I first heard about Ferran Adrià from Gordon Ramsay in 2003. Ramsay is not a man to fling compliments around, but he spoke about the Barcelonan super-chef with something approaching awe. "The man is a genius," he said. "He's got three Michelin stars, and he serves Fisherman's Friend ice cream. It's cooking 20 years ahead of its time."
Tell me more, I said. "Last year he was obsessed with clingfilm," said Ramsay, "But the clingfilm turned out to be the food itself: there was a little sachet of peas, a transparent slice of clingfilm made out of peas, and tasting of peas. Just staggering. The year before, it was cauliflower couscous, which was grated cauliflower, blast-frozen. This guy will go round the dining room with an aerosol can of lemongrass and spray it in front of your mouth before you eat. The last dish I had there was cockles and mussels and oysters with a passion fruit soup – but the passion fruit soup was made with seawater." Going to Adrià's restaurant, El Bulli, was he said, "the trip to the food Mecca of today."
Seven years later, so many people have called Adrià "the world's greatest chef" that it has become a cliché. Millions of wannabe-gourmands have tried and failed to score a table at the restaurant, which is open only for a few months a year. Scratch any award-winning, world-beating chef of the last decade, whether Thomas Keller at the French Laundry, or Heston Blumenthal of The Fat Duck, or René Redzepi at Noma in Copenhagen, and they'll talk about Adrià as their cher maître and El Bulli as the mother ship of their wildest gastro-excursions.
Many people call him the creator of, or mastermind behind, "molecular cuisine" – a phrase he detests. Others hold him responsible for the foams, spumes, frizzes and other ectoplasmic irritations found in so many restaurant dishes today. This is closer to the truth – Adrià, using compressed air rather than cream and egg, has contrived to make beetroot foam, mushroom foam and, indeed, meat foam – but is only a small part of the story.
Closeted with a mystic brotherhood of chefs in El Taller, the laboratory at El Bulli, he has experimented with every food on the planet, umpteen bizarre kitchen appliances (freeze-dryer, Pacojet, liquid nitrogen tank) and a private pharmacology of emulsifiers, acidifiers, galling agents and "spherifiers", to create a kind of parallel universe of food, in which melon is re-imagined as orange caviar balls, warring flavours are pulled into startling alliance (like tobacco-flavoured blackberry crushed ice) and classic dishes are "deconstructed" so that a Spanish omelette, becomes a sherry glass of potato foam, onion purée and egg-white sabayon, topped with deep-fried potato crumbs.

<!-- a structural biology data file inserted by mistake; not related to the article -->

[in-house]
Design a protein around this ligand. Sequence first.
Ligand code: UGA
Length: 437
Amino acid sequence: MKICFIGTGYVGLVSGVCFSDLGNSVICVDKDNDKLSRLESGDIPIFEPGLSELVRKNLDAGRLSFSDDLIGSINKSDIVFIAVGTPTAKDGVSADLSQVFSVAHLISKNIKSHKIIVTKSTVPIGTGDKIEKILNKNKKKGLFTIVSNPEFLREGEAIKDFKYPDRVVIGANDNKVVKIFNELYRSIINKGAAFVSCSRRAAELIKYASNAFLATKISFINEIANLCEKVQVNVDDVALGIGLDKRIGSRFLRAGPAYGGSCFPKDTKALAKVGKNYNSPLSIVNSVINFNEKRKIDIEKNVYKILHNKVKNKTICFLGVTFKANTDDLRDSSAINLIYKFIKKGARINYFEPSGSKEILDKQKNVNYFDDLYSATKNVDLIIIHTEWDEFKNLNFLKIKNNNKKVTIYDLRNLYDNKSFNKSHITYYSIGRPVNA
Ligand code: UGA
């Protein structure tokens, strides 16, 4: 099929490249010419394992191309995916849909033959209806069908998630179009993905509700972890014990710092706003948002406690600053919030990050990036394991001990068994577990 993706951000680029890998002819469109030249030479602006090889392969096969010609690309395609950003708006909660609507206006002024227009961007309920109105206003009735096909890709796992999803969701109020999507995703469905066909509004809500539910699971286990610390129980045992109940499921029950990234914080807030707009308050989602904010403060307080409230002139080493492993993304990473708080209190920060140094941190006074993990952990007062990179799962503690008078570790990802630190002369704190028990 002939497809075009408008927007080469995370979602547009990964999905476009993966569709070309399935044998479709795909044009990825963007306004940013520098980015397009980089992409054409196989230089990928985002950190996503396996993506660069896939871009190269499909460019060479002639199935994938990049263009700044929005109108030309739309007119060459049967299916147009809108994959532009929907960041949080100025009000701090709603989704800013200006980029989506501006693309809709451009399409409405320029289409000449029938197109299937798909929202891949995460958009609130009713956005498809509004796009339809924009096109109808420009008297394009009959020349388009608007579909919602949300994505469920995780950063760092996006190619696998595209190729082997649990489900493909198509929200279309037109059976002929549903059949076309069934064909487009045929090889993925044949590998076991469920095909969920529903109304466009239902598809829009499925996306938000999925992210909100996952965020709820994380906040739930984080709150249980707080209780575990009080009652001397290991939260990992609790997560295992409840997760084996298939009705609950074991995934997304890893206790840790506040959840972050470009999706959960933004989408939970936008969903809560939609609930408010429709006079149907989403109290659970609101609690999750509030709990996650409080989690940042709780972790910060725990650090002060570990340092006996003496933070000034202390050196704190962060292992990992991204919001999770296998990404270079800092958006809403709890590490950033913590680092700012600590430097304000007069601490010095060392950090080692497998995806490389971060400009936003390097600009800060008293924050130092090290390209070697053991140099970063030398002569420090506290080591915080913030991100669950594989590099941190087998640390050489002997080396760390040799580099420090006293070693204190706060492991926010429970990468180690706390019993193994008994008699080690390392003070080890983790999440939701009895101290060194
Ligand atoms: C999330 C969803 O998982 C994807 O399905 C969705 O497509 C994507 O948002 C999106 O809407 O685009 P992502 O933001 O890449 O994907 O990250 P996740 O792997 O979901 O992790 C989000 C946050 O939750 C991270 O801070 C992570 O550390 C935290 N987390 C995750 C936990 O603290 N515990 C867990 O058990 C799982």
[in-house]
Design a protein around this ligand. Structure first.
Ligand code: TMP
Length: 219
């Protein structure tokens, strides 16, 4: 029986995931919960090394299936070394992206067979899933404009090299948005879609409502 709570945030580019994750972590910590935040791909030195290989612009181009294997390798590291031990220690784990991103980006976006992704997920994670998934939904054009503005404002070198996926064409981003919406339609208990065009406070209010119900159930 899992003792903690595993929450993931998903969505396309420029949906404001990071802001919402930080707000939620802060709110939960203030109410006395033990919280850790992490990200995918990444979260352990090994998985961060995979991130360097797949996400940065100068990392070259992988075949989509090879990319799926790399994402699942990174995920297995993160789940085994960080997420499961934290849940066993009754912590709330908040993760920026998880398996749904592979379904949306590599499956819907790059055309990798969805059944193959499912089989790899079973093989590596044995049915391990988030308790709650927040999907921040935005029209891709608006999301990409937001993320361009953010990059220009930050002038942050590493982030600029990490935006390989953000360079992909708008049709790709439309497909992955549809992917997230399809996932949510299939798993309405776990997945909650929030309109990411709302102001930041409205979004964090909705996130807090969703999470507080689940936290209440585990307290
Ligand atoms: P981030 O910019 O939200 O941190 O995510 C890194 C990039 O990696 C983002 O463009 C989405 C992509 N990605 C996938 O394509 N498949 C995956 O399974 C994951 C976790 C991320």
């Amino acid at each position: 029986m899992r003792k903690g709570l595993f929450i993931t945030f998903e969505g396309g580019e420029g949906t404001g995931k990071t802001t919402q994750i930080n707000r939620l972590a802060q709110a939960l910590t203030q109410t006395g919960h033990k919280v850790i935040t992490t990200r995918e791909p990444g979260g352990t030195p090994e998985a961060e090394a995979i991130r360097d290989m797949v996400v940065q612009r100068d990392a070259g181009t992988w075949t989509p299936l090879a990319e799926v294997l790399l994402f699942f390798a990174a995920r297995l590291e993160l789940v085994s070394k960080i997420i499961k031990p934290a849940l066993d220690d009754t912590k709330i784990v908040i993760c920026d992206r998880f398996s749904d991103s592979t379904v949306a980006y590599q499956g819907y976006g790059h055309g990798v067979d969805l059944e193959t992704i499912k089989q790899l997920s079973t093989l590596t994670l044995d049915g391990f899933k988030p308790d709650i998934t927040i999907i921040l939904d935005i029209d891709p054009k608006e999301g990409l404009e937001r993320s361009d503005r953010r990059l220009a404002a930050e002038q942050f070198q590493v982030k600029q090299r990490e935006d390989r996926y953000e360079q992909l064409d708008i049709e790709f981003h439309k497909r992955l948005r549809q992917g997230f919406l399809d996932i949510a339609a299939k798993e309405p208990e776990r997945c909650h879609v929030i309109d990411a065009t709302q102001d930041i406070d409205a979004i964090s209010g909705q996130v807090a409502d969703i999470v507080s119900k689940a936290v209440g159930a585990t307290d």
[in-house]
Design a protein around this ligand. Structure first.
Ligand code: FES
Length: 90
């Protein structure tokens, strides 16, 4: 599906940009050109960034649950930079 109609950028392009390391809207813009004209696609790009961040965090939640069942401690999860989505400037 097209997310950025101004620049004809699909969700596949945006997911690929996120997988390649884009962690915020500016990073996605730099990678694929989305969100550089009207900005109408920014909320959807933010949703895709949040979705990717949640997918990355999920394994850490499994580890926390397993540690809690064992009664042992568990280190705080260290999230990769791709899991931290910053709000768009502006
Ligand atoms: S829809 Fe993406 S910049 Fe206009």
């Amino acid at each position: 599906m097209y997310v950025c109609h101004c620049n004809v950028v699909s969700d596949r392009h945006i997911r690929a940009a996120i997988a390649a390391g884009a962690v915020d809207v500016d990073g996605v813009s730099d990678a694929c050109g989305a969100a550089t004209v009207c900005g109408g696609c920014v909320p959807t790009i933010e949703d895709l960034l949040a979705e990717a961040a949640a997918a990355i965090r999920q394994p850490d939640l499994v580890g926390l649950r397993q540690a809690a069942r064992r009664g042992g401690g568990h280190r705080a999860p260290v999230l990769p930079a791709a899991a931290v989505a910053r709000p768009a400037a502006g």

His cuisine has drawn criticism, on grounds both of pretentiousness and health considerations, but an army of admirers has written admiring explanations of his career and modus operandi. The most recent is Reinventing Food - Ferran Adrià: The man who changed the way we eat, by the American food writer, Colman Andrews.
As El Bulli prepares to close for at least two years, Adrià and his Boswell are in London for a rare audience with the press. We met at London's Kensington Hotel, near the Natural History Museum. Clad in a dark sweater and sheeny black jacket, Adrià is a short, stocky, strikingly handsome chap with a wide acreage of forehead, dark-brown marbles for eyes, and a fussily expressive speaking voice. Colman Andrews explains in the book that this is because his tongue has to be unnaturally large to accommodate so many taste buds. I cannot tell if he is kidding.
Adrià was born Fernando Adrià I Acosta in 1962 in the city of L'Hospitalet de Llobregat, south-west of Barcelona. His father, Gines, was a plasterer; his mother worked in a beauty salon. As a child, his favourite food was disappointingly mundane – steak and potatoes, tortillas, liquorice and Twinkie choc bars. Did he recall vivid dishes his parents enjoyed? "You can't remember what you ate when you were six. I have a special memory about my mother's Spanish omelette, but if I had to give her a technical exam, I'm not sure she'd pass. But she's still the best mum in the world." At school he played football to a high level, and considered making a career of it. But when he had to choose between spending Saturdays on the pitch or washing dishes in the kitchen of the Hotel Playafels, he plumped for the latter. There, he was handed a copy of El Práctico, the Spanish bible of international cooking. He still has it: "I learned from it to respect history. And that you cannot move forward if you don't respect the past." At only 22, he took the rocky road to El Bulli, then a respected but scarcely avant-garde Catalan restaurant, to work as a line chef. Among his influences was the French chef, Jacques Maximin, "the Bonaparte of the ovens," whose dishes included duck mousse inside turnip-petal ravioli. Adrià relished his dictum "Creativity means not copying." But hadn't he borrowed some of Maximin's ideas?